The World Meteorological Organisation (WMO) has warned that extreme weather is the “new normal” and in some countries temperatures have “reached new heights”.
The WMO said today (Tuesday, August 22) that “high impact” weather will continue through August.
Alvaro Silva, a climate expert with WMO, said: “The frequency and intensity of many extremes, such as heatwaves and heavy precipitation, has increased in recent decades.
“There is high confidence that human-induced climate change from greenhouse emissions is the main driver.
“This gives us the long-term context for the increasing occurrence and severity of such extreme weather and extreme events.”
The WMO has previously warned that soaring global temperatures will have “far-reaching repercussions” for food security.
According to Silva, the behaviour of the jet stream has been a contributing factor.
“There are several studies suggesting a connection between rapid warming and changes in the Arctic, due to human-induced climate change, and midlatitude weather patterns, including in atmospheric dynamics such as the jet stream, but further in depth research is needed to fully understand and explain the extremes occurring this summer,” he added.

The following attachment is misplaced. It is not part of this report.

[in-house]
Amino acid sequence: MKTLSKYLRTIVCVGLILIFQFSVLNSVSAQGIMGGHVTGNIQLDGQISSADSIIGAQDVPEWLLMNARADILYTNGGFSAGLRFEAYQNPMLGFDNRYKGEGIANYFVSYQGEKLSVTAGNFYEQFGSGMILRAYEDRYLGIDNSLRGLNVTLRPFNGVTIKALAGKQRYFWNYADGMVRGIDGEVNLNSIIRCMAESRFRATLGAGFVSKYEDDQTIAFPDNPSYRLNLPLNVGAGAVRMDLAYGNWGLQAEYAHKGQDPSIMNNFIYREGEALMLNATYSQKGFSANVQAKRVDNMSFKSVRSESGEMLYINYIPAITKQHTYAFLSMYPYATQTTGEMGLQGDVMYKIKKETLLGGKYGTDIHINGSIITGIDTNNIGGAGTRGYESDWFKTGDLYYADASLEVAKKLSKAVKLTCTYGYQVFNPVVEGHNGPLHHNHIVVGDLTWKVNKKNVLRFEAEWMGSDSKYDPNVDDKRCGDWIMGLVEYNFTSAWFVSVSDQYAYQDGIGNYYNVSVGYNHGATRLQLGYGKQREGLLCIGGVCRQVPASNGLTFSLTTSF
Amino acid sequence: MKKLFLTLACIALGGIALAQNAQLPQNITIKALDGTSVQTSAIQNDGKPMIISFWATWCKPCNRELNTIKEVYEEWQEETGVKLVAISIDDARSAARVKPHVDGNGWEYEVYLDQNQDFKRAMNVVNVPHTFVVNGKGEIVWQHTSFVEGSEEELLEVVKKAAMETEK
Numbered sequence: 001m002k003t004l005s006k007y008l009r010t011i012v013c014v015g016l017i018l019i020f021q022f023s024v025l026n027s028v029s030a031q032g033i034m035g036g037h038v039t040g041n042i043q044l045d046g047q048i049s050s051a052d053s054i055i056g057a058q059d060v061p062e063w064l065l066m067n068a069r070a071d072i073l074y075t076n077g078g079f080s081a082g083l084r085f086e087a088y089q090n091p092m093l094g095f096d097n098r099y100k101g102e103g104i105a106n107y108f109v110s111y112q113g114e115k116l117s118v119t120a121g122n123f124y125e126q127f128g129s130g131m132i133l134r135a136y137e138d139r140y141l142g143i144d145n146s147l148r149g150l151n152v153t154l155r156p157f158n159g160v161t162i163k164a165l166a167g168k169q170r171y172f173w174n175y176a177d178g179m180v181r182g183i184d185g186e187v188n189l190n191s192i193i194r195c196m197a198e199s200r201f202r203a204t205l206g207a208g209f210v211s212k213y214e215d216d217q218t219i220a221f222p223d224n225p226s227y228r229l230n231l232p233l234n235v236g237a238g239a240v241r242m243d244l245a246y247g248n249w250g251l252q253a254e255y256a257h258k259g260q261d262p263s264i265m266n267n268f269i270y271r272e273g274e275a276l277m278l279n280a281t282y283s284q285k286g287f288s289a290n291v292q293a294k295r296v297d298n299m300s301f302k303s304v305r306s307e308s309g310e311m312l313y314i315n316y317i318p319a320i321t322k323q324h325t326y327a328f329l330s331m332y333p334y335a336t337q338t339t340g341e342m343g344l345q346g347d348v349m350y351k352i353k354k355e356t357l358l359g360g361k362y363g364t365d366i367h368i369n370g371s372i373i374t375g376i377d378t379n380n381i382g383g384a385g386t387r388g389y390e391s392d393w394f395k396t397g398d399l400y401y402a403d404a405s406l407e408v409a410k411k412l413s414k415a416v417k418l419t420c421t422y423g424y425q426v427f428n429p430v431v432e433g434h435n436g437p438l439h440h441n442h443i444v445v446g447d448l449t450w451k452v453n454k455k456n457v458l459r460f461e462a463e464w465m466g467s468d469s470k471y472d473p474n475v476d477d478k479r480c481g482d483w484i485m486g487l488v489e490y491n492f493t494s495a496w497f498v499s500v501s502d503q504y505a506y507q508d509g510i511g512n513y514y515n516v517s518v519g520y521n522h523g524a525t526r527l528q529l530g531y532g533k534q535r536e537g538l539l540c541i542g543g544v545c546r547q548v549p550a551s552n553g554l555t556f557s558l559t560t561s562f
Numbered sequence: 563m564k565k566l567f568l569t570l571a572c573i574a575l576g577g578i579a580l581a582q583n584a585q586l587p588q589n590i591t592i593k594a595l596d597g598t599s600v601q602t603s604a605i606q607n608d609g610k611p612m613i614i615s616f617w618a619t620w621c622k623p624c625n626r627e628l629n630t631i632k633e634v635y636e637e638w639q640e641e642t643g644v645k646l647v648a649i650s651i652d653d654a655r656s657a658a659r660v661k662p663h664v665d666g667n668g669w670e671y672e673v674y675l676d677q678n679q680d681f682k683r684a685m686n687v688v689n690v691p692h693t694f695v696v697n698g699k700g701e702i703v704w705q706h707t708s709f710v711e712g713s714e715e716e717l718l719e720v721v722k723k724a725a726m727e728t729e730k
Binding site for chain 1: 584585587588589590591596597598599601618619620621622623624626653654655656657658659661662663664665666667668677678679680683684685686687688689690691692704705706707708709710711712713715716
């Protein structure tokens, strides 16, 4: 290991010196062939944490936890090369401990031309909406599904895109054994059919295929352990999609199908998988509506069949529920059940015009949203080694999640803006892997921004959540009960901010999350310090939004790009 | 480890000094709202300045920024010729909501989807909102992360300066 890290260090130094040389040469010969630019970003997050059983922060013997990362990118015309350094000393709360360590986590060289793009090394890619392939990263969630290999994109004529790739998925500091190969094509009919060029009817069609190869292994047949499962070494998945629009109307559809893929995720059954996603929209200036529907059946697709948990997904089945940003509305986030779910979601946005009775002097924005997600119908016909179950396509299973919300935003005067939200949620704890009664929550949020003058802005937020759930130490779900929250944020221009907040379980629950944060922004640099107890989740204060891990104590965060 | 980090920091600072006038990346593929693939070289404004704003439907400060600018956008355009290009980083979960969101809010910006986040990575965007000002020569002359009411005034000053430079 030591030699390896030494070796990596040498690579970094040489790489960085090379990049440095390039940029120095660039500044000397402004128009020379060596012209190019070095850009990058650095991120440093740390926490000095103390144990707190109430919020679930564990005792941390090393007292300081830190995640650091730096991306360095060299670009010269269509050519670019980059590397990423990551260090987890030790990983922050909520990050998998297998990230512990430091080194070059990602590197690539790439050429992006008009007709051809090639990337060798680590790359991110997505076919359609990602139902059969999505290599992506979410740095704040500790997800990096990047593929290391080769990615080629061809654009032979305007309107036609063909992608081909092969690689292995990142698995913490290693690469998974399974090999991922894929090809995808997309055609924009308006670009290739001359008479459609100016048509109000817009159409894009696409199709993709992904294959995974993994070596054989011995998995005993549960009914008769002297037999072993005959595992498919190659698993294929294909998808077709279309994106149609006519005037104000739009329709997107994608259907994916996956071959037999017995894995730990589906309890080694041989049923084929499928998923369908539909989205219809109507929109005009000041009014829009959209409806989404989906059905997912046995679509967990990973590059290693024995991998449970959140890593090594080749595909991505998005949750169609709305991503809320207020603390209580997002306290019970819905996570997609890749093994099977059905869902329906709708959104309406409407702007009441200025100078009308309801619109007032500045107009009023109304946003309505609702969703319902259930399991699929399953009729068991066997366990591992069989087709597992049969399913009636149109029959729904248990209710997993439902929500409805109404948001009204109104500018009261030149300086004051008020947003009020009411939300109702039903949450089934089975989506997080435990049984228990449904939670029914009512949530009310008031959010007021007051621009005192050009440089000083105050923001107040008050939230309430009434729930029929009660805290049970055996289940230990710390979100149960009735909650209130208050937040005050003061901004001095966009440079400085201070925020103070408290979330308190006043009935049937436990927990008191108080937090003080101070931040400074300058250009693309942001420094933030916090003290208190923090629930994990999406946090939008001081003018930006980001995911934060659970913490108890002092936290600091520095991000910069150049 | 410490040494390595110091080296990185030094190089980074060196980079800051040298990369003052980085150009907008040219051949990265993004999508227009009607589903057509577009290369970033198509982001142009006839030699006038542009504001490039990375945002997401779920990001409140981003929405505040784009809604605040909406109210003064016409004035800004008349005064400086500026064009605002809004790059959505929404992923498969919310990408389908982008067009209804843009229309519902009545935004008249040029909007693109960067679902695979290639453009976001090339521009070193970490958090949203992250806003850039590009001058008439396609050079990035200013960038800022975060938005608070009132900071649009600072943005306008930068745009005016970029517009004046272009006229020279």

The WMO’s climate expert pointed to a number of severe heat warnings which are currently in place across Europe from Switzerland, which is under level three amber alert to red alerts in parts of Italy, Croatia and Portugal.
According to the organisation, in Norway, where there has been prolonged heavy rainfall, floods and landslides, there is also a top-level red alert for rain in place in the southern part of the country.